“But we ran numbers at the NEF and projected spending on housing benefits to private rented sector landlords only… And it's due to be around £58bn over the next five years, which is over five times greater than the amount that we're due to spend on the affordable homes program.”
Neate agreed: “What you've got now a sort of complete meltdown situation, really where the cost of what is an unbelievably poor product that is costing the taxpayer, ultimately, a ludicrous amount of money.”
Both argue this creates a false economy in housing policy – instead of fronting the short-term cost for building decent social homes we go for the much more expensive and worse option of paying the rents of extortionate slum accommodation for a growing number of people each year.
It should make it financially impossible to put this crisis aside and do nothing, and yet to those we spoke to, it felt like decades of government had been doing exactly that. Maybe the fundamental problem with temporary accommodation is how effective it is – or at the very least, how effective it is at siloing human suffering somewhere easy and out of view.
“What the public discourse around housing focuses on is, when people hear the word homelessness, they think you mean rough sleeping. While people are shocked by that, but there’s 5000 people sleeping rough on any given night – it’s dwarfed by this crisis,” Neate explains, somewhat dejectedly.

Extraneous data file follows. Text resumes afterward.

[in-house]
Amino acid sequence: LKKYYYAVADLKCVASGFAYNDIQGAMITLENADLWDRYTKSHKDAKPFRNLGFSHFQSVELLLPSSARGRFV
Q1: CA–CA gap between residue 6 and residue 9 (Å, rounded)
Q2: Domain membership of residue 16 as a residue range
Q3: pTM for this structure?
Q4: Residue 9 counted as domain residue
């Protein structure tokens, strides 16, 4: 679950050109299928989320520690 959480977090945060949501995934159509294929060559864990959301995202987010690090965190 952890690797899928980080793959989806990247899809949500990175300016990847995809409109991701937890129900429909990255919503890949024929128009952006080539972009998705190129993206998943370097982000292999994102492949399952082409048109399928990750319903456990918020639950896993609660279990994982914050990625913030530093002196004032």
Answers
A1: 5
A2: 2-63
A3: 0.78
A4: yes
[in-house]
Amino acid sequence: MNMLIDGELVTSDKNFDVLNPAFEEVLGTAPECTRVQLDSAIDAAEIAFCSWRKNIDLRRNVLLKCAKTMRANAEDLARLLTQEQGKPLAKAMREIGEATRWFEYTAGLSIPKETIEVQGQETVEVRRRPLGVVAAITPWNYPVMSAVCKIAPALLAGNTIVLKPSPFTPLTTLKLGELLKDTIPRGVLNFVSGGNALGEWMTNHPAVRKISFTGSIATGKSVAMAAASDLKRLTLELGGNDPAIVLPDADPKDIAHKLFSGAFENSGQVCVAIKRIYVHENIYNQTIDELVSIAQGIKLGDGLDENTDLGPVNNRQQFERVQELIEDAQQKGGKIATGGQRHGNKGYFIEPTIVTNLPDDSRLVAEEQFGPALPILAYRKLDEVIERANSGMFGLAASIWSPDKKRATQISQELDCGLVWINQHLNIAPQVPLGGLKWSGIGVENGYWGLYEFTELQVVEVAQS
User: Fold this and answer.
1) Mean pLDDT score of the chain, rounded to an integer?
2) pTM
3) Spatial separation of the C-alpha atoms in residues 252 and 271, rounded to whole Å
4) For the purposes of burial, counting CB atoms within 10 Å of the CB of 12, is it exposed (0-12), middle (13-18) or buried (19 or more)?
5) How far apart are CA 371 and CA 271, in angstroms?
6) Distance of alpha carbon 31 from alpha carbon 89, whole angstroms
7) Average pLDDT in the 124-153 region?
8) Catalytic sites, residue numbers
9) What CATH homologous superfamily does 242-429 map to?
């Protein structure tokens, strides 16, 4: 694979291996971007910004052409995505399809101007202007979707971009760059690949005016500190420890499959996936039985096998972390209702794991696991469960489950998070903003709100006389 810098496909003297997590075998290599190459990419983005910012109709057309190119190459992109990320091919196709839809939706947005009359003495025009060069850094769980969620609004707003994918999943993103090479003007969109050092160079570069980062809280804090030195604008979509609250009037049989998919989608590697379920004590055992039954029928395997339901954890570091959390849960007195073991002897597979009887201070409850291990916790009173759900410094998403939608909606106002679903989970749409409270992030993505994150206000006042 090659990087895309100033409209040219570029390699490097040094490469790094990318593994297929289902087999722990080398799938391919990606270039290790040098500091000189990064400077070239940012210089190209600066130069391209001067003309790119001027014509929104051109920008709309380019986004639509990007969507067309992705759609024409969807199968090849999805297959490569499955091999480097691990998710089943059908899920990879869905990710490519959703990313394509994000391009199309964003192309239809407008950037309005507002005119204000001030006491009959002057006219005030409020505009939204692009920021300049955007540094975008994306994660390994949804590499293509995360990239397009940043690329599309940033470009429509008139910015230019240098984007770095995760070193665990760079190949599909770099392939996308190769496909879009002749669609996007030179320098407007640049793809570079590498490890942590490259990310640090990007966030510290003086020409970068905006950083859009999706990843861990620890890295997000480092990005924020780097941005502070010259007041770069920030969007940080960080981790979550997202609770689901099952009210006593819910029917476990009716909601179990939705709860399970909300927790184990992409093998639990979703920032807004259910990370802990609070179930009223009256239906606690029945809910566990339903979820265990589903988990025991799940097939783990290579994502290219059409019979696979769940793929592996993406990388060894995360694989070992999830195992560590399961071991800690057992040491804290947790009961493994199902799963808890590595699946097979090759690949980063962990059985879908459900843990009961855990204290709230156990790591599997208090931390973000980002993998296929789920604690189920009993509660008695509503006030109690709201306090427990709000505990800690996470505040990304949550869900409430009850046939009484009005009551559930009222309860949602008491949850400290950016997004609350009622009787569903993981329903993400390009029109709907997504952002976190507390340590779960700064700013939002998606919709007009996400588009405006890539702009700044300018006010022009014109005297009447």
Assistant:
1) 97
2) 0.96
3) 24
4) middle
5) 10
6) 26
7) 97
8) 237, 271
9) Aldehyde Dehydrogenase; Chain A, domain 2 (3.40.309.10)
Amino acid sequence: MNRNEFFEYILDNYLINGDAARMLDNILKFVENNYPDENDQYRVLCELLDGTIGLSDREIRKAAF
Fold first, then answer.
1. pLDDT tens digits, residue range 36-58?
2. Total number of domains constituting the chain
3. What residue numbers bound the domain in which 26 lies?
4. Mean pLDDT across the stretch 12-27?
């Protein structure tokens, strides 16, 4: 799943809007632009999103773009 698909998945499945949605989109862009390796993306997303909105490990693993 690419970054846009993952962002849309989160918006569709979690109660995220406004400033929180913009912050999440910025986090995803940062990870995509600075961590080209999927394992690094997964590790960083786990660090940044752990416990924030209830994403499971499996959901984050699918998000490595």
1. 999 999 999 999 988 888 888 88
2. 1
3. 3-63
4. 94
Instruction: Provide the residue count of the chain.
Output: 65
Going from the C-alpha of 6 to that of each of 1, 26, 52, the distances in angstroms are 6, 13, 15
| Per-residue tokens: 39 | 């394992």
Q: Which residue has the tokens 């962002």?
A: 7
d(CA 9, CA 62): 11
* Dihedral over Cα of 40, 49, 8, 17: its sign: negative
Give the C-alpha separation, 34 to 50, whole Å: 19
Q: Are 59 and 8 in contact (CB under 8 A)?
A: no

“125,000 kids in temporary accommodation is a huge figure and is a national crisis. But the sense we’ve gotten is it’s not seen by politicians as something that is going to affect voters.”
A government spokesperson said: “We are determined to reduce the need for temporary accommodation by preventing homelessness before it occurs. That’s why we are giving councils £1 billion over three years, to help them tackle homelessness, targeted to areas where it is needed most. Temporary accommodation is always a last resort and councils must ensure it is suitable for families, who have a right to appeal if they think it does not meet their needs.”